One thing I am really worried about is the emotional impact this whole thing has had on her. She just isn't the same dog at all. She had a very sensitive and shy nature from when we got her at 7 wks, and had a problem with separation anxiety,and submissive peeing which things we have been able to work with very well and we had helped her to really come out of her shell. She was pretty well able to function normally in every instance. She was such a happy dog, and had become so confident and responsive. She had been able to over come many fears through taking Agility classes.But now it is like she had never progressed at all x 10.I am really worried. Will she ever be the old Sophie??? Can dogs have a nervous breakdown?? Will she ever be able to emotionally recover from this???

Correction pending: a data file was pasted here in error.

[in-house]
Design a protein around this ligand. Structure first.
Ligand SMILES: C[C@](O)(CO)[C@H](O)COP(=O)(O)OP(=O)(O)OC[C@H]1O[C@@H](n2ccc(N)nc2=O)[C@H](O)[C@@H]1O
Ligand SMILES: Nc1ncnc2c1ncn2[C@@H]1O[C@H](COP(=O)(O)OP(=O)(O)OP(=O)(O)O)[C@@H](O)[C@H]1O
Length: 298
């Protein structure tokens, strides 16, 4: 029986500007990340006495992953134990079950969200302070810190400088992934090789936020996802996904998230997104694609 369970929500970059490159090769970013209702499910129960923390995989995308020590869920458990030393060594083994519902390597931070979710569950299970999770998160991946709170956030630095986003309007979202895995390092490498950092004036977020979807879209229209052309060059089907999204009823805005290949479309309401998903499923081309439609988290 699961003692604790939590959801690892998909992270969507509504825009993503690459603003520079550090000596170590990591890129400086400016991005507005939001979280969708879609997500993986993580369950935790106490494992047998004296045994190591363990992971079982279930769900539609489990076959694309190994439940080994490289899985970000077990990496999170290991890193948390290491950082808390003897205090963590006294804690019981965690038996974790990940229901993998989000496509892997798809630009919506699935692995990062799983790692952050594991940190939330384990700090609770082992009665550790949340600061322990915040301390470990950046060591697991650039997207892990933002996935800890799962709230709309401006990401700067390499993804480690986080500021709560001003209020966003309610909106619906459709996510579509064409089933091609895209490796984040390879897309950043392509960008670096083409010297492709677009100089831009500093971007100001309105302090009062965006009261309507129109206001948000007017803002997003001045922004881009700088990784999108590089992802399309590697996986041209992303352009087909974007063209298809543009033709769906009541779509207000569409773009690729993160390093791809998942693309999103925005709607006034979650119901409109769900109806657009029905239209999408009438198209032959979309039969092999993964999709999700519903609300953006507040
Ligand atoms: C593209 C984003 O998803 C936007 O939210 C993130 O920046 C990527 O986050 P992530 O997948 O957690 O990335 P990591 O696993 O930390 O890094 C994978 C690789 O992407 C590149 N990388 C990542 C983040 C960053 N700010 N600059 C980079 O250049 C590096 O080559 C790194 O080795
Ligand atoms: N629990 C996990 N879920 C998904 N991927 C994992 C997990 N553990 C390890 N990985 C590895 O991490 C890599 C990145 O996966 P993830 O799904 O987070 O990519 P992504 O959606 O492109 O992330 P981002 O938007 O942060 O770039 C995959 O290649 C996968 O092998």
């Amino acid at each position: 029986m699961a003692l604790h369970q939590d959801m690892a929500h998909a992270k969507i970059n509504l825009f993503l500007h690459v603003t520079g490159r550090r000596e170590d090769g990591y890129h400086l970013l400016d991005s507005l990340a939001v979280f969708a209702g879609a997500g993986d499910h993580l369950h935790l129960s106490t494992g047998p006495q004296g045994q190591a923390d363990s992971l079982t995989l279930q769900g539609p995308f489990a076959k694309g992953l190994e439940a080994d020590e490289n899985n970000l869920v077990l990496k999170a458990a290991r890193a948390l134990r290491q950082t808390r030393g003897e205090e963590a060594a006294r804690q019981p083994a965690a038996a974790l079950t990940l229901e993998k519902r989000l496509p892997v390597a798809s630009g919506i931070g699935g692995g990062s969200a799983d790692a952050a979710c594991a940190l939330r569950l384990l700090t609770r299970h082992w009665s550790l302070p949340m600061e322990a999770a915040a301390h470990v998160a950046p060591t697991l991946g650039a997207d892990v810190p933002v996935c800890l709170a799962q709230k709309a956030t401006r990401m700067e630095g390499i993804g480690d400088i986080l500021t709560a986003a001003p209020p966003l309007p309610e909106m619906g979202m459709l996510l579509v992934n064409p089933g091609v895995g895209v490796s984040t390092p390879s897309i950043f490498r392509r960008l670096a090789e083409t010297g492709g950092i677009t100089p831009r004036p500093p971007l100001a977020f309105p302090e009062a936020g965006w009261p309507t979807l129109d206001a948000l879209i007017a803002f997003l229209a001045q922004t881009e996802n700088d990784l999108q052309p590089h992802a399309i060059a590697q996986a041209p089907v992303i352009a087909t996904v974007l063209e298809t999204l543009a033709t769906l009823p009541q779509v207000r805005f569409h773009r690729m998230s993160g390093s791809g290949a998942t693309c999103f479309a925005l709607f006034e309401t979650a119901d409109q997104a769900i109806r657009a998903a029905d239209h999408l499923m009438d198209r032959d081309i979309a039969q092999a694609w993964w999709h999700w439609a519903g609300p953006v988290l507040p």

I guess it is back to square one with the positive training methods, which is ok for me and the rest of the family, I just feel SO SORRY for her....

 

Should I alow her to stay camped out behind the couch, or should I insist that she comes out and interact with the family? When I call her to come out she just looks at me and then looks away, which is simply a direct refusal. Usally I never allow her to do that, but gently and quietly insist she does what I ask her. Should I do that still??

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I'm not sure if she'll ever be the same, chances are she will never be the same though. As for her hiding behind the couch, Kellie does that when she's in pain. I wouldn't force her out, but give her lots of praise and gentle attention when she does.

 

Its been 5 months since Bandit died, and Kellie still isn't the same. She's making some progress, but the shock of losing her best friend has definately taken its toll. Don't know if that helps, but it might give you an idea.